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Everyone is entitled to a private life, including at work. While some degree of monitoring is a normal part of working life, there are legal limits on intrusive monitoring or surveillance.

In recent years, cheap monitoring technology has made it easier for employers to collect information about their staff. Controversial forms of monitoring include opening and reading staff’s emails, monitoring internet use, listening in on calls and installing CCTV.

Generally, if your employer is planning to monitor employees’ activities, they should first consult the union or the employees themselves. They should make clear what measures are being introduced and why they’re necessary.

Monitoring must be done in a way that’s not oppressive to staff. If it’s unnecessarily intrusive or if the employer collects more information that is strictly required, they may be in breach of data protection laws.

If you’re concerned about how you’re being monitored at work, you should approach your union rep. If you’re not already a member of a union, you should join and encourage colleagues to do the same.

The more union members there are in a workplace, the stronger the union's position will be when it comes to negotiating improvements to the conditions where you work.

What is monitoring at work?
Monitoring is to some extent a routine part of the employer/employee relationship. Most employers make some checks on the quantity and quality of work produced by their staff, and employees will generally expect this.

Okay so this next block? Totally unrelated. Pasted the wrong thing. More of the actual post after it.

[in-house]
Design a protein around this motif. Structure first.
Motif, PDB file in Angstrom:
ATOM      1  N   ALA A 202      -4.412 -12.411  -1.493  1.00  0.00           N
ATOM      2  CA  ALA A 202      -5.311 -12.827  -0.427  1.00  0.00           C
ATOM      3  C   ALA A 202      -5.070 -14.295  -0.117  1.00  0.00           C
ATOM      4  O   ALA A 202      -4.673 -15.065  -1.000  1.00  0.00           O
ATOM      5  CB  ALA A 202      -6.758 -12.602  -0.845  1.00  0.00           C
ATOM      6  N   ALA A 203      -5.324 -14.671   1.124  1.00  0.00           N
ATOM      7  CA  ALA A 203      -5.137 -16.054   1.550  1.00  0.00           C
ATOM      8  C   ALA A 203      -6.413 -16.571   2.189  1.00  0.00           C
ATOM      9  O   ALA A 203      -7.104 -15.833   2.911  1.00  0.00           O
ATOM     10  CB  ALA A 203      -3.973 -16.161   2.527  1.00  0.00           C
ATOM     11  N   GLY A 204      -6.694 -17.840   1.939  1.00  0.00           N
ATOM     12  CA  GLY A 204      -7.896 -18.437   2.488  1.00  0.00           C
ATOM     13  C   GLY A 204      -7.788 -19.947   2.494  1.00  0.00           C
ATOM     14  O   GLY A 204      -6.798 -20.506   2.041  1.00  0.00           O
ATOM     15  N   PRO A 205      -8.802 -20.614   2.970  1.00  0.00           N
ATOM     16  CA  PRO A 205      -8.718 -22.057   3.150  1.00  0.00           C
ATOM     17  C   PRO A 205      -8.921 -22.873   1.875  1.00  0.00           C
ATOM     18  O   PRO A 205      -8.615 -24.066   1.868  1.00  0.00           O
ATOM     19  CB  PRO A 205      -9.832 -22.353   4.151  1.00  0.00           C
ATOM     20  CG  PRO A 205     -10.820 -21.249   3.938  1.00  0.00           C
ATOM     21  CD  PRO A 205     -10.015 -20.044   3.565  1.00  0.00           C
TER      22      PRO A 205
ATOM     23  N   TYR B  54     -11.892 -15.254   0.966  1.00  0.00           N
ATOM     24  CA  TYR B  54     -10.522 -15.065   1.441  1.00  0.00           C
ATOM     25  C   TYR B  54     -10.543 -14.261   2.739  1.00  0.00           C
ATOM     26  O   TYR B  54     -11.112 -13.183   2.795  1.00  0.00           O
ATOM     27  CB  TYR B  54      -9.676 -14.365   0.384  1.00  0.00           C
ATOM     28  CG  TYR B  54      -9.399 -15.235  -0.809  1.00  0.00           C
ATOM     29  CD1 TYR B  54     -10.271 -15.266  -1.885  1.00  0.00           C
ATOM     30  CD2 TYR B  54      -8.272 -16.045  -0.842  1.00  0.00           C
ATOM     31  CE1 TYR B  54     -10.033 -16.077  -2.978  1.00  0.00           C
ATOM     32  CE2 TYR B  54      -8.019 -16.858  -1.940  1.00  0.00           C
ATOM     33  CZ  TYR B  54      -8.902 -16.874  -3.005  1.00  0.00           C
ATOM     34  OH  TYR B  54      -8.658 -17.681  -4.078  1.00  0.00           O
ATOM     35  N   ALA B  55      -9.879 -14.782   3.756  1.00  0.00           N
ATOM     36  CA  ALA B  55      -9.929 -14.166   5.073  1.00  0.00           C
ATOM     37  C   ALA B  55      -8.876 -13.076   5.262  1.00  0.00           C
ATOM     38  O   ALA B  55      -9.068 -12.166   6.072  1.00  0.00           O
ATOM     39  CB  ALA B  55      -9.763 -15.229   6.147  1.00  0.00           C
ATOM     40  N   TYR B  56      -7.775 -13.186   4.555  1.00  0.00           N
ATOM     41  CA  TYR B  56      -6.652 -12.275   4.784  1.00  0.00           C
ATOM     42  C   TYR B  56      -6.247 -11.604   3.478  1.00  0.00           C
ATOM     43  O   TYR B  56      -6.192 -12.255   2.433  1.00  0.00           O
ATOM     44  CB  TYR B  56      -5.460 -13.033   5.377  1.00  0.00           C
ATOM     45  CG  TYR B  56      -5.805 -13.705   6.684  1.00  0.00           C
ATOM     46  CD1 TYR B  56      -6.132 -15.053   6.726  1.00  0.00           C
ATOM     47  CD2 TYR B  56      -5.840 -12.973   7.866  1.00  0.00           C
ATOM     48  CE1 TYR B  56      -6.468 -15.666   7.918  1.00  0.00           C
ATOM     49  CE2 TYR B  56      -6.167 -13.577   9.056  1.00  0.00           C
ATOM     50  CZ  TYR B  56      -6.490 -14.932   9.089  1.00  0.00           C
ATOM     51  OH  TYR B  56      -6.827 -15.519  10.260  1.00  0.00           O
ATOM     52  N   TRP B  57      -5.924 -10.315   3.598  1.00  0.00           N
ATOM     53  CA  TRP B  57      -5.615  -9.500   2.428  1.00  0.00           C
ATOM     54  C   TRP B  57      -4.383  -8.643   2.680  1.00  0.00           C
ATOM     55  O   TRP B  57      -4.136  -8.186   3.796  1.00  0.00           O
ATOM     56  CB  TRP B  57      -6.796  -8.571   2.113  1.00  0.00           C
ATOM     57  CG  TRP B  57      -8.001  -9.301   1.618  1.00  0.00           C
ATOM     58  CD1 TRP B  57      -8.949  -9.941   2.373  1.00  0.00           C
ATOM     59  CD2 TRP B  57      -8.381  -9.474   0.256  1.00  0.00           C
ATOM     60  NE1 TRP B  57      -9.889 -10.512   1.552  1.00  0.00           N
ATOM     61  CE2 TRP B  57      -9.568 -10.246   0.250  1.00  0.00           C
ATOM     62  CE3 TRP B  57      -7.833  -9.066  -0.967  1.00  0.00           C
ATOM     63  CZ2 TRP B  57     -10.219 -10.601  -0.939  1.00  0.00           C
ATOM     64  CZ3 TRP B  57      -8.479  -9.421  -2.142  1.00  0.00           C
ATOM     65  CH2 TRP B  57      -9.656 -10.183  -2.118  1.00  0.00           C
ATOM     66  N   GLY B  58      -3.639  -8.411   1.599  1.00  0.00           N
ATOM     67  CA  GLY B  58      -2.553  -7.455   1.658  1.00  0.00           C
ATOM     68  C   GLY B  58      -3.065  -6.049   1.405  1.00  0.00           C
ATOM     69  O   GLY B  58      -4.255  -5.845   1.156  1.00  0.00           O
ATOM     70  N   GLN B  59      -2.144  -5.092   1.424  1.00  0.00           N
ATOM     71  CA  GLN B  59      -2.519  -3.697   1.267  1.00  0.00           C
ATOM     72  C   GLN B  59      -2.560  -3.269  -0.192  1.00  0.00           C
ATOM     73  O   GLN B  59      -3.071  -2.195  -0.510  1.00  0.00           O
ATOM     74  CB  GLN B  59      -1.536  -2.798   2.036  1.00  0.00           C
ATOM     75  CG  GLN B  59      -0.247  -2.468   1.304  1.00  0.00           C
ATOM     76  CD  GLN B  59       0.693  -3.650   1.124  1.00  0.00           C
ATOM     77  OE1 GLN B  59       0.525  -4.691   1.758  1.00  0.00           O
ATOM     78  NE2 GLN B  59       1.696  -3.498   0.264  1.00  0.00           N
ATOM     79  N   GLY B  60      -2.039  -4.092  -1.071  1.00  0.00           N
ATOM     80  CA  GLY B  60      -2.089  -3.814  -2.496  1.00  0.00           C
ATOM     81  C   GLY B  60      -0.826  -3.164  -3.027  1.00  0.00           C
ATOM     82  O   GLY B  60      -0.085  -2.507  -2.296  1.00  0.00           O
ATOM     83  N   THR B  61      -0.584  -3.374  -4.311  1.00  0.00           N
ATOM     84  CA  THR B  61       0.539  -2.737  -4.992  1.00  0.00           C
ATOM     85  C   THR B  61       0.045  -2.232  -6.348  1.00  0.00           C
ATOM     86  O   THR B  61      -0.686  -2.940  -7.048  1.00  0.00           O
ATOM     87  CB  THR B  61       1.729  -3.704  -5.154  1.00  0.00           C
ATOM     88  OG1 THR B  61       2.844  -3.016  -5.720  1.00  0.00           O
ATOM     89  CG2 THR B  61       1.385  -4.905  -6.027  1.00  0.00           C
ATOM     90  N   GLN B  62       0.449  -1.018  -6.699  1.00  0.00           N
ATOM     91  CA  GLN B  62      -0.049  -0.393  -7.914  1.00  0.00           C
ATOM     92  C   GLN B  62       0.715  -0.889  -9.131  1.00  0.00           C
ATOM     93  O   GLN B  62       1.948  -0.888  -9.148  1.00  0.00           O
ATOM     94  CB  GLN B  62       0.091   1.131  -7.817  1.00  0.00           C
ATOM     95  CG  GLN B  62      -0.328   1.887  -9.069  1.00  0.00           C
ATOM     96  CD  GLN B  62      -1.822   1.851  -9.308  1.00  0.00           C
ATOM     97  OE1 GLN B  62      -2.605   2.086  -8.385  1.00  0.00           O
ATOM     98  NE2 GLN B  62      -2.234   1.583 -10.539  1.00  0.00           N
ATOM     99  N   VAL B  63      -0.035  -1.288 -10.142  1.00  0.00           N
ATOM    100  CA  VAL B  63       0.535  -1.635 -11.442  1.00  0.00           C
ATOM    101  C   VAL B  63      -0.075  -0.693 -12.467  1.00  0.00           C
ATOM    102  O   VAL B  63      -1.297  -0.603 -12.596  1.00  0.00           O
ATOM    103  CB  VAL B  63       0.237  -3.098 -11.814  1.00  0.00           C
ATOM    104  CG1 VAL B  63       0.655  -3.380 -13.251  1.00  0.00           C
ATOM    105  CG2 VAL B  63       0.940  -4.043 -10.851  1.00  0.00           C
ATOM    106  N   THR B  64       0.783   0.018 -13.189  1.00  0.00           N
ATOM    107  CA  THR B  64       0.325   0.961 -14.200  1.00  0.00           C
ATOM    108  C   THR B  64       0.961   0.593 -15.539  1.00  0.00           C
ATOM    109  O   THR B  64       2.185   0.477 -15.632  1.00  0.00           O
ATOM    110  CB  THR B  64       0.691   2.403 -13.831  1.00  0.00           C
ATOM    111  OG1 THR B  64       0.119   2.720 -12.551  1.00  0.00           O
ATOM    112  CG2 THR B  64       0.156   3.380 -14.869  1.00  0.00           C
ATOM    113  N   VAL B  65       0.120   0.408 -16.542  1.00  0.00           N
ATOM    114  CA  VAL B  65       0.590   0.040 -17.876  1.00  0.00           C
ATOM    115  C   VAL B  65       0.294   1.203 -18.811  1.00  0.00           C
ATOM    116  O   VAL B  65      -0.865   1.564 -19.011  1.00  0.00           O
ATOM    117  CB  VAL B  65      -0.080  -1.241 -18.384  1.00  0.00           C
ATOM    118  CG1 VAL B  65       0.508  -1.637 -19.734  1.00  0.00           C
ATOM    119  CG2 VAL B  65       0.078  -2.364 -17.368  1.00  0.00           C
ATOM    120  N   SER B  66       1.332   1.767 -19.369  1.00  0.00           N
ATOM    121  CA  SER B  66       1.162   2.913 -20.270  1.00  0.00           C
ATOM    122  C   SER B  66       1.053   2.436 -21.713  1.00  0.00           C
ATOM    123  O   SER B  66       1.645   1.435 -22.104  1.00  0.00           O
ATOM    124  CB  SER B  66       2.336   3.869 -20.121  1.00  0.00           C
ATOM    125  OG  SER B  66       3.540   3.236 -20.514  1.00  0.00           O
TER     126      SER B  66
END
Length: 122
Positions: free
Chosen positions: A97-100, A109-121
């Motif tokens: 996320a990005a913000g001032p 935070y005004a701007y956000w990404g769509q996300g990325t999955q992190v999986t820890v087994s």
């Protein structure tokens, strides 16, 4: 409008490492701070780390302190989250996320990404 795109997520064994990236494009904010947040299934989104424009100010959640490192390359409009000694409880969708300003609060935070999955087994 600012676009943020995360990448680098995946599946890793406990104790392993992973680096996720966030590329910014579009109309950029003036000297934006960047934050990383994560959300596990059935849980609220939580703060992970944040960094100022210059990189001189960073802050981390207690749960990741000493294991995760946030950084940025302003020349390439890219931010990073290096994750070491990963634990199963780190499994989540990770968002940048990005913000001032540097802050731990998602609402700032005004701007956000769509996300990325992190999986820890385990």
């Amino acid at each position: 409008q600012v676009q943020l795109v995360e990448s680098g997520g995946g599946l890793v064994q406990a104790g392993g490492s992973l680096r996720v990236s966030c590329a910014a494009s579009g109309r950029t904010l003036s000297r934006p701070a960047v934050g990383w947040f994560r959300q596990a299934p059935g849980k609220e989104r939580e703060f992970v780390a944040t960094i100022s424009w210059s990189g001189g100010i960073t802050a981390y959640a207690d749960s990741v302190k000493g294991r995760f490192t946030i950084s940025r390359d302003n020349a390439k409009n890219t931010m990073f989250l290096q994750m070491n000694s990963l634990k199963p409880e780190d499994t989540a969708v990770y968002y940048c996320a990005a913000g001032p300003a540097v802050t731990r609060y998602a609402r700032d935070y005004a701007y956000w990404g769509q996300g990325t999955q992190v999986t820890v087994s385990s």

How should my employer approach monitoring at work?
Employers may want to monitor their workplaces for a variety of legitimate reasons, such as. to discourage theft or violence by members of the public. Workers will generally expect and accept some degree of monitoring as necessary – for example, monitoring can help ensure that workers in hazardous jobs are not at risk from unsafe working practices. 
Do I have a right to know what information my employer has collected through monitoring me at work?
Yes. Data protection law gives you the right to know the type of personal information your employer holds about you, why that information is being held, how the information is being used or will be used, and who will be able to access that information.
I'm concerned about email and web usage monitoring at my workplace. What should I do?
Because the Human Rights Act 1998 extends to the workplace, you have the right to a reasonable amount of personal correspondence and phone calls during work time. This does not mean that you have the legal right to use the work phone, email or internet for personal reasons.
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